3) To promote measures for facilitating spectrum reallocations
Should reallocation need to be completed in a short term, e.g. threeyears from the formulation of a radio spectrum reallocation plan, incumbentlicensees will be forced to dismantle radio facilities that the licenseespurchased and constructed in the past and to purchase and construct alternativefacilities.
The Council recommends that MPHPT conduct studies on establishmentof a scheme to compensate incumbent licensees for reallocation costs suchas a portion of the remaining book value and the dismantling cost of theradio facilities, etc.
Take leadership in discussions on radio spectrum at ITU, etc.
radio spectrum allocation

Dialogue between WSIS Goodwill Ambassador KUBO and Mr. Adama Samassekou,President of the WSIS Preparatory Committee

On October 11, 2003, NHK announcer KUBO Junko*1,who has been actively working as a Goodwill Ambassador to the World Summiton the Information Society (WSIS) since July 2003, interviewed with Mr.Adama Samassekou*2, President of the WSISPreparatory Committee (PrepCom) on the significance of WSIS in Geneva,where WSIS will be held in December 2003.  The outline of the dialogueis as follows:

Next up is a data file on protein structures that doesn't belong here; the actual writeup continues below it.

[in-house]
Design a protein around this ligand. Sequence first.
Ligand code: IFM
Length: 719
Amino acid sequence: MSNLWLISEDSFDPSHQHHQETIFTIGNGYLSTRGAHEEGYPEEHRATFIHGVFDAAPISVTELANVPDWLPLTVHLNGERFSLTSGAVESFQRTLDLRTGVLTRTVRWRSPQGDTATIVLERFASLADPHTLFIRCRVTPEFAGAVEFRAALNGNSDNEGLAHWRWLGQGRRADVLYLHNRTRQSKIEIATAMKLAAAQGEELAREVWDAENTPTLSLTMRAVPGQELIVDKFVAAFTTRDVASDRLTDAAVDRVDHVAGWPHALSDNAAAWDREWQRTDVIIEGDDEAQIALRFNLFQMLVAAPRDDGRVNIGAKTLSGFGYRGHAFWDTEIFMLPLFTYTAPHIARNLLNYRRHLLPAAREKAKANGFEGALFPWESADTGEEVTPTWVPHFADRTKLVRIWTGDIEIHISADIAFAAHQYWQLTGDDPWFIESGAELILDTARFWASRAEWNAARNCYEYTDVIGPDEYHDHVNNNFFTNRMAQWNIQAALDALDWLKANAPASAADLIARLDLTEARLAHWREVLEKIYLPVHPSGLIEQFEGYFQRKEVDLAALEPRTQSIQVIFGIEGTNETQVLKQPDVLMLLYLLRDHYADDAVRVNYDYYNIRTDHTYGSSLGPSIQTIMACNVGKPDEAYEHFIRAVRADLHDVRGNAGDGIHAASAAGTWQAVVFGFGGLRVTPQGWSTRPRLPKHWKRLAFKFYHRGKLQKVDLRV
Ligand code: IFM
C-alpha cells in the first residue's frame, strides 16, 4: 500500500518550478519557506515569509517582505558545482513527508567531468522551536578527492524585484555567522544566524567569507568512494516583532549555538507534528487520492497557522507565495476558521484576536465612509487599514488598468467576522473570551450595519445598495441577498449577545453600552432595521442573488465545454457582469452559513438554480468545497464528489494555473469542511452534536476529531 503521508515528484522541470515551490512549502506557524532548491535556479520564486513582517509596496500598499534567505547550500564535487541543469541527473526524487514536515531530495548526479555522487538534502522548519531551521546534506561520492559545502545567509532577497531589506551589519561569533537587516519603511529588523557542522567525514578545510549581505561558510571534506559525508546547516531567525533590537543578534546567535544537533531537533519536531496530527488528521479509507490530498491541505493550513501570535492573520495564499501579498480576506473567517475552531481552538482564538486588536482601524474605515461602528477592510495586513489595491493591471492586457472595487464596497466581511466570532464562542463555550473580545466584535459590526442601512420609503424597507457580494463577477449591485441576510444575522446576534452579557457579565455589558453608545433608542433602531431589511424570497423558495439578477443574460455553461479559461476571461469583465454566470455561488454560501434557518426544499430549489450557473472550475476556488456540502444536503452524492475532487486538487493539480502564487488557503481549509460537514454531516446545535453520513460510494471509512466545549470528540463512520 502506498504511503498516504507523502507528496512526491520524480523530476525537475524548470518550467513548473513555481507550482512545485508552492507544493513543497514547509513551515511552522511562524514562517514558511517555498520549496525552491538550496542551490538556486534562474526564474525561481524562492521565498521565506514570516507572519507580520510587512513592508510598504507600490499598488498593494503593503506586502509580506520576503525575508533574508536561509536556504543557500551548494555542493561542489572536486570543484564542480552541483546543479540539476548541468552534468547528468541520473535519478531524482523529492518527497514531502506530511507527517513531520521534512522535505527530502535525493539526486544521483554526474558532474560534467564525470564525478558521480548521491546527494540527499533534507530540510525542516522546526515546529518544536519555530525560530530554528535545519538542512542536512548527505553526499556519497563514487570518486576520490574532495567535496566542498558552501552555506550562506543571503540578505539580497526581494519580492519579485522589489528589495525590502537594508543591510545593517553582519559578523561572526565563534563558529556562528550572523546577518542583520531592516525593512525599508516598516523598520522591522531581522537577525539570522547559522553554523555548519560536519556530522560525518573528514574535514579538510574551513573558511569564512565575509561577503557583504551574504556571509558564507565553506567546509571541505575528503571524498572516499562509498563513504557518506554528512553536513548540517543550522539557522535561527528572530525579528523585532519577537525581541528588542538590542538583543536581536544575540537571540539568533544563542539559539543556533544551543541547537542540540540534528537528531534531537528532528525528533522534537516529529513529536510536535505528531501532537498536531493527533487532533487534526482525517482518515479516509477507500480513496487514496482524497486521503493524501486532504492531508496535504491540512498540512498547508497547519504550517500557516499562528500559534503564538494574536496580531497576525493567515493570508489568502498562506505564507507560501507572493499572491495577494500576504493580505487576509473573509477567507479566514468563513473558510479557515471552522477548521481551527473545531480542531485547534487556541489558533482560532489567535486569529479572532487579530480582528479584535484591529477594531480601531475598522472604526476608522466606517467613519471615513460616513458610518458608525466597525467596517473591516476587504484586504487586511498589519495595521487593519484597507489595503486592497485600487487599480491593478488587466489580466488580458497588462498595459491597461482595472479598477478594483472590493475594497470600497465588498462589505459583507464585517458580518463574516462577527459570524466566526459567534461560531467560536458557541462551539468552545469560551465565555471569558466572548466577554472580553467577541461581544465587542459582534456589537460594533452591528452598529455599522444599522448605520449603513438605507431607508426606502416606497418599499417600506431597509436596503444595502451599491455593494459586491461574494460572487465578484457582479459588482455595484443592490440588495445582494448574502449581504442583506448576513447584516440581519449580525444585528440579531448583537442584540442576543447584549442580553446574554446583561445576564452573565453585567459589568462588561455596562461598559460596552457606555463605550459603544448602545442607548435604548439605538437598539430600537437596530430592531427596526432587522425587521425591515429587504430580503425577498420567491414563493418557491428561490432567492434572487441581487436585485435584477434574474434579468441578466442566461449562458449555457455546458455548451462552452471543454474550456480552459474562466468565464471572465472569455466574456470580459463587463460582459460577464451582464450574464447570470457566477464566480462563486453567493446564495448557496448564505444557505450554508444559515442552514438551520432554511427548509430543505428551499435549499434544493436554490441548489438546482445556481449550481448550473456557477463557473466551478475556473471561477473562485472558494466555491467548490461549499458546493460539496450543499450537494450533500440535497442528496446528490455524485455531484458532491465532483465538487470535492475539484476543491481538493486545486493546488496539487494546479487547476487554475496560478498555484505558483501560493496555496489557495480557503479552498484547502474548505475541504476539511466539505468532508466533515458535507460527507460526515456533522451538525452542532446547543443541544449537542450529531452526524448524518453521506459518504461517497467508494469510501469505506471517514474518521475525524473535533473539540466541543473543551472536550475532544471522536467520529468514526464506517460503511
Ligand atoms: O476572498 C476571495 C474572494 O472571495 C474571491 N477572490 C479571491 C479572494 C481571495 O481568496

KUBO (Q) "Please let me know the significance ofthis WSIS, focusing on the information society?"
Samassekouu (A) "At the Summit,three major issues will be deliberated upon.  Namely, eliminationof the digital divide; accelerated achievement of the U.N. Millennium DevelopmentGoals; and ensuring cultural and linguistic diversity.  First of all,what I want to let you all know is that this Summit is an important milestonetoward a 'shared-knowledge' society and not simply a conference on ICT,but rather a social project on a global scale.  UNESCO also explicitlynoted that 'we will build knowledge societies within a world of diversity.' In addition, the points that WSIS is made up of two phases*3and that all relevant stakeholders including governments are trying toshare recognitions are the features of WSIS."


Q "What are those changes being aimed for by WSISand how will these be accomplished?"
A "The first aim of WSIS is to deepen the recognitionof each member state's government as regards the fact that the world canbe changed through the use of ICT.  Next, there is the need to promotesolidarity among us in order to resolve difficult problems such as addressinginternational socioeconomic differences.  Therefore, WSIS will developa 'Declaration of Principles' that reflects the thinking of each memberstate and a 'Plan of Action' that indicates the measures that need to beimplemented."

Mr. Samassekou